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How quickly things can change.

A year ago The Four Buddies ushered in a new sound when it came to vocal group ballads in rock that would go on to have a fairly sizable impact over the next few years. They scored a massive hit in the process and while their follow-ups weren’t met with the same level of national interest they were regionally popular and almost equally good aesthetically.

But now they were not just failing to click commercially, but they were slipping a bit artistically as well, which drew the ire of Herman Lubinsky, the cantankerous musically ignorant owner of their label who berated them in a letter for their recent failures.

The problem however wasn’t with the group per say, but rather a decline in great material and – if we want to point fingers – the surprising lack of promotion by Savoy for an act that had done so well for them.


Love Only Me
Any time there is a dispute between a rock act and their label we are almost certainly going to take the side of the ones with actual musical talent.

When the record label owner in question is Herman Lubinsky we’d take the side of everybody up to and including whatever wedding singer, teenage garage band or the drunken off-key yahoo at a karaoke bar that you could find.

The Four Buddies were far better than any of those examples of course but they did have one drawback that was starting to become evident the more singles they released. Like The Orioles before them, they were predominantly ballad oriented – thus far it was ALL they released – and therein lay the problem.

Ballads sung by the same voices with the same minimalist backing and employing similar vocal arrangements behind the lead have a tendency to become repetitive. What startled you the first time with its intimacy, impressed you the second time with their polish, begins to bore you the third and fourth and fifth time with their redundency.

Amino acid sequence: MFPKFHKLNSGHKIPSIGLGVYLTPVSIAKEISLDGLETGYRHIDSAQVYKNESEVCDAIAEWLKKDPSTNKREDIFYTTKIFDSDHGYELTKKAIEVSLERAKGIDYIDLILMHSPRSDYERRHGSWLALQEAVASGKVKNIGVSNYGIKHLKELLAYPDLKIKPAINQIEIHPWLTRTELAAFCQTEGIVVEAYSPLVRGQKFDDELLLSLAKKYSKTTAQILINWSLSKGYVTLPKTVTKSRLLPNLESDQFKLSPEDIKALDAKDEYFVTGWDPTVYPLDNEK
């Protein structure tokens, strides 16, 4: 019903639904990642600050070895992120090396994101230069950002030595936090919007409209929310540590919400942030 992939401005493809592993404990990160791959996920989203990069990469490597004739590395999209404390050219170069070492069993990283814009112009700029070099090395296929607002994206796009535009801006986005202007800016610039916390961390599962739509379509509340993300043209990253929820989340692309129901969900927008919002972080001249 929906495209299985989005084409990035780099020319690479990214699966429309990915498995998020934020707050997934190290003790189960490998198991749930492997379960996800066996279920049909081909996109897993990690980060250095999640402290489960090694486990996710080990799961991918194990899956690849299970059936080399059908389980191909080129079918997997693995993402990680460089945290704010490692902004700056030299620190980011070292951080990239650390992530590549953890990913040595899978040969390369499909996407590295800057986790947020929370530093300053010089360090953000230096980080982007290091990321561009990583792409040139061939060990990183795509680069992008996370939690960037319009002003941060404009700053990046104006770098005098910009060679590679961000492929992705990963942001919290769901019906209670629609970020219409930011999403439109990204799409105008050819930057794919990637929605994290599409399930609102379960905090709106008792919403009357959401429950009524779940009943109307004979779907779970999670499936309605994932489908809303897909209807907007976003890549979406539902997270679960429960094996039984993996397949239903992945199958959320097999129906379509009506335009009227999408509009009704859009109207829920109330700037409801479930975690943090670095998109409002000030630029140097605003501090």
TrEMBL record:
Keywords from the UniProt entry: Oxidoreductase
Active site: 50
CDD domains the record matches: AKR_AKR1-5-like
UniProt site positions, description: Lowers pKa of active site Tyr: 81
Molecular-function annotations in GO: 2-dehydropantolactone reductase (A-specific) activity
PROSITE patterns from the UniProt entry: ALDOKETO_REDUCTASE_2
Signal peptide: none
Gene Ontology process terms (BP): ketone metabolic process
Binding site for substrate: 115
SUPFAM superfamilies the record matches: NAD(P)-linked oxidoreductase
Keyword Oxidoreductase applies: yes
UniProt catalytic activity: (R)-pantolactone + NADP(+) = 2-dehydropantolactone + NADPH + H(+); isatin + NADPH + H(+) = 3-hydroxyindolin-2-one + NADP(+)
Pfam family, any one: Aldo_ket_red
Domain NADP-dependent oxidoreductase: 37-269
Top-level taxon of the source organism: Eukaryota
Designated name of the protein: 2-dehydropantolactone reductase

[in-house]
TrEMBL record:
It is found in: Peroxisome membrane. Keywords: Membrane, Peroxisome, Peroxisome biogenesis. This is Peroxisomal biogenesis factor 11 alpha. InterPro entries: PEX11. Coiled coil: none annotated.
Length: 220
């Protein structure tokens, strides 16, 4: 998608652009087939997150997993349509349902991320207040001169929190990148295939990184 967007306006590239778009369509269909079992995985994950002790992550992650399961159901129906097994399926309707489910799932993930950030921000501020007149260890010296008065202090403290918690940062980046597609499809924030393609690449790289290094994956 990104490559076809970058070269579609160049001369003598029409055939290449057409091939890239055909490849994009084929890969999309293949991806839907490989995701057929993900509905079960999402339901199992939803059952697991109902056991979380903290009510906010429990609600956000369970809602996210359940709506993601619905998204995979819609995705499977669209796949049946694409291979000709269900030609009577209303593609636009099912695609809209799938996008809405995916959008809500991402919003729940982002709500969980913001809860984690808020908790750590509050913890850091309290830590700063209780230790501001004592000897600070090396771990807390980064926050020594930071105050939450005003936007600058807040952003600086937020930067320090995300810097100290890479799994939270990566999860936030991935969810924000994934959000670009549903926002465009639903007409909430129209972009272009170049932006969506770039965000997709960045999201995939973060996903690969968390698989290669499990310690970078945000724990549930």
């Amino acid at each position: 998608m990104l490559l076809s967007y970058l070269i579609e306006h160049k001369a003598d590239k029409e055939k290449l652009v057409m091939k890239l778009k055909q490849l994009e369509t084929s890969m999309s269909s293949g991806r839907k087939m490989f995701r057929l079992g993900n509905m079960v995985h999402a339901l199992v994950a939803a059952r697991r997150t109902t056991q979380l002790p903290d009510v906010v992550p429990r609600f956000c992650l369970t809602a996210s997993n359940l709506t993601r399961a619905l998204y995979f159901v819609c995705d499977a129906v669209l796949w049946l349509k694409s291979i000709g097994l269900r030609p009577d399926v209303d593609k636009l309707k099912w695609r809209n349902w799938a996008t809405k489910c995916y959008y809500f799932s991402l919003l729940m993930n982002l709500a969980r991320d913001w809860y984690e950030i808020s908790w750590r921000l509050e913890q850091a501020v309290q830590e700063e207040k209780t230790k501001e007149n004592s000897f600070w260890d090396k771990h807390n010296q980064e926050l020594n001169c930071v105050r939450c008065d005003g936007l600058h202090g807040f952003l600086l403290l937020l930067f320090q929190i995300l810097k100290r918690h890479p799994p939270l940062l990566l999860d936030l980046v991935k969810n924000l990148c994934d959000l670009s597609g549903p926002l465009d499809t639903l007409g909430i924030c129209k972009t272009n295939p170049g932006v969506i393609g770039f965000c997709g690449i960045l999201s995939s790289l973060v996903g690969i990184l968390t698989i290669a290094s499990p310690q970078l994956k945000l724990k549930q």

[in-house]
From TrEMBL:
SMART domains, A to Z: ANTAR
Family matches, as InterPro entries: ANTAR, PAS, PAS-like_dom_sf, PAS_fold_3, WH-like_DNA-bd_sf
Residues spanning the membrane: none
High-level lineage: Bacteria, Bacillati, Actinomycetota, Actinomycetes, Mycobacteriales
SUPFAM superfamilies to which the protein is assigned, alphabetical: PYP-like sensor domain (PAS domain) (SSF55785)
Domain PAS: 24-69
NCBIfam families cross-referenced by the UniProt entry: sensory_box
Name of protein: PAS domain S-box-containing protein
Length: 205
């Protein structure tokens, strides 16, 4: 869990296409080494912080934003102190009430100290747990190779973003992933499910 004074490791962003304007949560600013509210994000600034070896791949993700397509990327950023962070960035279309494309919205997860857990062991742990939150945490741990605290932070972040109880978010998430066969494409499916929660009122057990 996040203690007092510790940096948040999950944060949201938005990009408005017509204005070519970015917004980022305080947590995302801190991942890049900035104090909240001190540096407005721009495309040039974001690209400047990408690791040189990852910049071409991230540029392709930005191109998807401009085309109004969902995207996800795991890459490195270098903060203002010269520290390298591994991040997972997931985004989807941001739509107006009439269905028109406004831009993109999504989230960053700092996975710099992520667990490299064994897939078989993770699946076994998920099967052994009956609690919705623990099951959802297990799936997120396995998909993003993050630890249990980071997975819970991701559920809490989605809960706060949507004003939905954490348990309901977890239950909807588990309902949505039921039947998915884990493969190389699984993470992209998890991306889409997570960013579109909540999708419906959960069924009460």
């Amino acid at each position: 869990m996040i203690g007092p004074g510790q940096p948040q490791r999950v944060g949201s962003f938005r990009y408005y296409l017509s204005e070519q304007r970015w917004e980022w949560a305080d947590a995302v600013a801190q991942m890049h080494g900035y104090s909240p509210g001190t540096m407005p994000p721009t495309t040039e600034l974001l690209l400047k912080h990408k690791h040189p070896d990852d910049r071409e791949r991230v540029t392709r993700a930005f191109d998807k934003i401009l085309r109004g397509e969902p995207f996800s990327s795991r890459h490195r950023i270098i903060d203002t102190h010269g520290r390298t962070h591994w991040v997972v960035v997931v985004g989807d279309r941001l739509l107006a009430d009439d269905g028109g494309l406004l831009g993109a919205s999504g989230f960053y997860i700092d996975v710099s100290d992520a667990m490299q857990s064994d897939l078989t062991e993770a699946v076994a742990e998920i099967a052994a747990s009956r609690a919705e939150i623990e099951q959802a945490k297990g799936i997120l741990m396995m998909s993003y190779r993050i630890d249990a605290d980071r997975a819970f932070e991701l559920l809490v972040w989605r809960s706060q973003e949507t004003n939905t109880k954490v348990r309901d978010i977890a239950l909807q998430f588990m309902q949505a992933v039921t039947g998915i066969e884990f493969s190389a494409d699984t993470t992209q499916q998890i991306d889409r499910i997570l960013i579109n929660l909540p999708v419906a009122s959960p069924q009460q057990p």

Now this can be alleviated if you have better material featuring memorable melodies, something which Window Eyes comes up short on. Failing that you can hope that a really good story with inventive wordplay will capture your attention, but this song starts with an interesting title and largely lets it go to waste.

Lastly you can attempt to shake up the instrumental side of the equation by adding something not heard before behind the group, be it a moaning saxophone solo, a slithering guitar lick, or a glockenspeil and oboe duet if you want.

This record does none of that, which means its appeal hangs almost solely on four really good voices and nothing more.

The Way I Want You Has Never Yet Been Told
The opening is virtually acapella… there’s just a few guitar accent notes tossed in to let them get their bearings. As always their vocal blend is quite nice but right away you are left a little confused by what they’re saying.

The phrase Window Eyes is definitely intriguing, but it’s hardly common and so instead of letting you passively enter into the tale they’re spinning, where a few more familiar words would help to set the scene better, here you’re left wondering what the hell they’re referring to.

There are a few possibilities that seem obvious however. The first that comes to mind is a person who looks longingly out their own window at someone passing by each day and because they can’t muster up the courage to go out and approach them, they’re left to dream about the one they love from a distance, which certainly is a sad predicament to find yourself in.